Robert Devereux, 3rd Earl of Essex 1591-1646
You have to feel a bit sorry for Lord Essex. His father was Elizabeth 1’s well-known favourite and it must have been hard to live up to all that glamour and panache – particularly as Robert Junior doesn’t seem to have inherited any of it. Solid, solemn and cautious are the words most often used to describe the third Earl. His unfortunate nickname is even more well known – and I’ll be coming to that later.
Like most other militarily experienced soldiers of the English Civil War, Essex had fought in what we now know as the Thirty Years’ War [1618-48] though his career was not especially distinguished. He commanded a company of volunteers in the Palatinate in 1620, was Vice-Admiral of the ill-fated Cadiz expedition in 1625 and was second-in-command during the so-called Bishops’ War of 1639. So far, so good. But when Civil War became imminent, Essex chose to support the Parliament. Clarendon tells us he did this through ‘a weak judgement and a little vanity and much of pride’. I tend to think his lordship was out of charity with the Crown for more personal reasons.
At the start of the war, he was appointed General-in-Chief of the Parliamentary army and, though he did his best, he wasn’t a particularly successful commander. He lacked initiative and exerted no authority over his fellow generals – most notably, Oliver Cromwell who was instrumental in getting rid of him. He also set off on campaign with his coffin strapped to the back of his coach – a sight which I doubt did much to improve the morale of his troopers!
He failed to win a decisive victory at Edgehill but did manage to hold the defences of London at Turnham Green; he was victorious at the first battle of Newbury in 1643, took Reading and relieved the siege of Gloucester. But 1644 brought disaster. He allowed himself to be trapped at Lostwithiel in Cornwall and, though he himself escaped by sea, he left six thousand men behind with no alterative but surrender.
By now you’re probably wondering why I’m choosing to talk about this wholly uncharismatic figure. It’s partly because his name crops up over and over again in my writing – but I don’t believe I’ve ever actually introduced him in person.But mostly, I felt it was time to explain why the poor man was known throughout the country as The Great Cuckold. When he was fourteen years old, young Robert was married to pretty, spoiled, self-willed Frances Howard – and, soon after, was sent off on the usual grand European tour.
Not unnaturally, he left before consummating his marriage and, during his absence, Frances began a passionate affair with Robert Carr – one of the ‘special’ favourites of James 1. When Essex returned from his travels, Frances petitioned for an annulment of her marriage on the grounds of her husband’s impotence. The resulting trial was hugely public. Essex maintained that he was perfectly capable with other women and only impotent with his wife because she reviled him and called him names. Needless to say, this was when people first started sniggering. Frances didn’t escape scot-free either, having been foolish enough – despite her well-known liaison with Robert Carr – to claim that she was still a virgin. By the time the annulment was granted in September 1613, Essex was a national joke. Although it’s another story altogether, it’s worth mentioning here that Frances subsequently married Robert Carr [now created Earl of Somerset] and the two of them were brought to trial for their part in the poisoning of Sir Thomas Overbury. Essex was one of the judges in the case and pushed for the death penalty. He eventually got it – but the sentence was never carried out. It’s possible that this was one of the reasons Lord Essex chose Parliament over the Crown.He married again when he was forty to Elizabeth Paulet – and this marriage was also a failure. The Countess bore a son who died of plague within a month and who Essex openly doubted was his own issue. At any rate, he immediately petitioned for a judicial separation on the grounds of his wife’s adultery. [ A point of interest here is that, unlike Scotland, divorce was not an option in England at that time.] Elizabeth denied it, of course, claiming the was the innocent victim of a conspiracy by his lordship’s friends who feared her great influence over him. The court didn’t agree and Essex got his separation.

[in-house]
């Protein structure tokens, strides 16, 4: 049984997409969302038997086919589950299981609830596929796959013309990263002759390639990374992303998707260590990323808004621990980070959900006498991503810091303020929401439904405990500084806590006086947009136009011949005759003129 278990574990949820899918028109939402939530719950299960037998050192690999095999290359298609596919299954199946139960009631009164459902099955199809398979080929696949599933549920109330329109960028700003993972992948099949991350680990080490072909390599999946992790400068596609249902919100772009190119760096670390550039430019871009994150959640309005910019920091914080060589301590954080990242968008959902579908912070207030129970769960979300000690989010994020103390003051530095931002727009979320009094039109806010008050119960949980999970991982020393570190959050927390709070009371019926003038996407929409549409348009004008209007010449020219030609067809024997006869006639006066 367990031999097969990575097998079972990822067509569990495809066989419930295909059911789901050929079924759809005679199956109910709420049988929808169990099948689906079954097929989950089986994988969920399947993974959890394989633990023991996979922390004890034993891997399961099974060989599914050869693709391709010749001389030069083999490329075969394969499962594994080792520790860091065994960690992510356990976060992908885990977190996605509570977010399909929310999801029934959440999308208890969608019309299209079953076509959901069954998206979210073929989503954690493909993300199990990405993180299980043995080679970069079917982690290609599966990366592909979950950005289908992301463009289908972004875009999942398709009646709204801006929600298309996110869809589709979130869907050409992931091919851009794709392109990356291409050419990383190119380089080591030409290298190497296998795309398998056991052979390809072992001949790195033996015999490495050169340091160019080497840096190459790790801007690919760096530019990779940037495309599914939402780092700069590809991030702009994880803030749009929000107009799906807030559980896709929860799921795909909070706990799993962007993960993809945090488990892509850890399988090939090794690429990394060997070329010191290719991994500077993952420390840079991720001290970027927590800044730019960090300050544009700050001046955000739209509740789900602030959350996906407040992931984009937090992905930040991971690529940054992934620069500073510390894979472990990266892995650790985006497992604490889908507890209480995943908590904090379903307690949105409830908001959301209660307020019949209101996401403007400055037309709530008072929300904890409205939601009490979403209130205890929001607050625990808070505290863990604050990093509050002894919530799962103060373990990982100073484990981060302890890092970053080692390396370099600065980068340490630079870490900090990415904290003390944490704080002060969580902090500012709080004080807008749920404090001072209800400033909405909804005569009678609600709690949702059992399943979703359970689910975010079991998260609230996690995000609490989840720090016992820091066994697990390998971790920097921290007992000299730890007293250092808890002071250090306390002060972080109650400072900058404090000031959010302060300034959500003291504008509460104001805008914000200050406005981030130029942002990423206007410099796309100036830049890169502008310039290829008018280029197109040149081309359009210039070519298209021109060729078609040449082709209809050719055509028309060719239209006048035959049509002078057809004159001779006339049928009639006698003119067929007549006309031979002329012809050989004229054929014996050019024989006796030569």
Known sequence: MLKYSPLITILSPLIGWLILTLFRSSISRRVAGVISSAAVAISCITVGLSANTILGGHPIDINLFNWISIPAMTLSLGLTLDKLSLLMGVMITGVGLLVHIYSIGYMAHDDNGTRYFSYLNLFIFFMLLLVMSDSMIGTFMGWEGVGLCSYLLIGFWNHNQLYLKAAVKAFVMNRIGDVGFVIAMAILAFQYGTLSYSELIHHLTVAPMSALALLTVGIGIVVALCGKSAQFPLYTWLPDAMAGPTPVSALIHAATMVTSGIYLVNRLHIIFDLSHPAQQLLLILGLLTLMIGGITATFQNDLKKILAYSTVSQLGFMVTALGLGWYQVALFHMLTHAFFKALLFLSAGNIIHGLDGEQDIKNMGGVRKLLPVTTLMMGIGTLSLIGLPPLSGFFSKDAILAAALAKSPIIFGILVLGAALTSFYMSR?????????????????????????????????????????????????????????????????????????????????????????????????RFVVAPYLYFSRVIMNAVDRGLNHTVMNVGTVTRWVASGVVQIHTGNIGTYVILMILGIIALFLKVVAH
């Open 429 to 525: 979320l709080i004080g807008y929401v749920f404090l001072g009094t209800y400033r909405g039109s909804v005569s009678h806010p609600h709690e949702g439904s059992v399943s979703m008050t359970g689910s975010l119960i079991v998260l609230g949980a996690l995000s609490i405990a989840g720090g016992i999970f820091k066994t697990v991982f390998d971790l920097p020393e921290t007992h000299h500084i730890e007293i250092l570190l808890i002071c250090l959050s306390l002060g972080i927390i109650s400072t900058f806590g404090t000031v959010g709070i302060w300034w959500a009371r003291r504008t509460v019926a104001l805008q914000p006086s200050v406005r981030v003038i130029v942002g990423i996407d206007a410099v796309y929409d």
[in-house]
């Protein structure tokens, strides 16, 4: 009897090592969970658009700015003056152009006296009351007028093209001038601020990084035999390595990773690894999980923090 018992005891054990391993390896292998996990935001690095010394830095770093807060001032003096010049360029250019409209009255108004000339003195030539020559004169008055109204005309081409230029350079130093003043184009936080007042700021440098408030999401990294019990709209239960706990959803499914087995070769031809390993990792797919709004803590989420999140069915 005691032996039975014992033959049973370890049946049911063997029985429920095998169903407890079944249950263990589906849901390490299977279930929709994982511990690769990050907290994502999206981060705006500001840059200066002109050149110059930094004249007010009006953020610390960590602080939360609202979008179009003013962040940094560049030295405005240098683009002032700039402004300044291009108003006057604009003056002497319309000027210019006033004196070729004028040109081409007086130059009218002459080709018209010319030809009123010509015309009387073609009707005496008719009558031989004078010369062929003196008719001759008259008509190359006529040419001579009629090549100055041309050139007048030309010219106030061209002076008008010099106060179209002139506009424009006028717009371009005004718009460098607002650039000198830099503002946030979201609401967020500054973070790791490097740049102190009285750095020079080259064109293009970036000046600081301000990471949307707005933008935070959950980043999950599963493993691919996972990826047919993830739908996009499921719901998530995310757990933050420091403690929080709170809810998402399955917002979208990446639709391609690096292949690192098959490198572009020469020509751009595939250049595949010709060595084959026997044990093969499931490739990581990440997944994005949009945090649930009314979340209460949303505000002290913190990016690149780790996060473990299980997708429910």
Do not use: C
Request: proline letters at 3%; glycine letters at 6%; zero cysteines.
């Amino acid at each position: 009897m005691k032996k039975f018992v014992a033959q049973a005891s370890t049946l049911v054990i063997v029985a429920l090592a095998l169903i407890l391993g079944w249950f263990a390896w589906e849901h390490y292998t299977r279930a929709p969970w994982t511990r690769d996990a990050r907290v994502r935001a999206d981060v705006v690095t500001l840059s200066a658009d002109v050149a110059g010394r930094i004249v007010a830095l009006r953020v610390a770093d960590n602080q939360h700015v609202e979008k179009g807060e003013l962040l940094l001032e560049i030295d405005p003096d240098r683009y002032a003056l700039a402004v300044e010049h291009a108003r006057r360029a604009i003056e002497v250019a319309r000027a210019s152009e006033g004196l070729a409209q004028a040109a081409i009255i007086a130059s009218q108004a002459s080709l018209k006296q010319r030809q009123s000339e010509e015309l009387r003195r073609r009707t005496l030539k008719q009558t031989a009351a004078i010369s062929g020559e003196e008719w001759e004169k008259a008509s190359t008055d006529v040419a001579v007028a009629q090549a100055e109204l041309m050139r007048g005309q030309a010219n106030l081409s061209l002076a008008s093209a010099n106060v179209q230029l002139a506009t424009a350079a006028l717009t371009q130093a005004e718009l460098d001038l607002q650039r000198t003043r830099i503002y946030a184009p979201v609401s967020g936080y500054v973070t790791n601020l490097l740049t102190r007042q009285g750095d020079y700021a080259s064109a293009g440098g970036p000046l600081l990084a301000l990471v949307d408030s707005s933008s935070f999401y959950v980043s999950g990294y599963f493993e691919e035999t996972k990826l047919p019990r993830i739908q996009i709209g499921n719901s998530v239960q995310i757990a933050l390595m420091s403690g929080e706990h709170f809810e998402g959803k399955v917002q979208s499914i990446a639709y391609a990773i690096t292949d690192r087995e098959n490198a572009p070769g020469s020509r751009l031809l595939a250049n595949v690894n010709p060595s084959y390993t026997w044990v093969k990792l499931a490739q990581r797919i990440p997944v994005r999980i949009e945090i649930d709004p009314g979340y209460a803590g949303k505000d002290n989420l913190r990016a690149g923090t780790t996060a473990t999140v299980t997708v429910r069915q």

Unfortunately, what he also got was the nickname by which we now know him.
The Great Cuckold.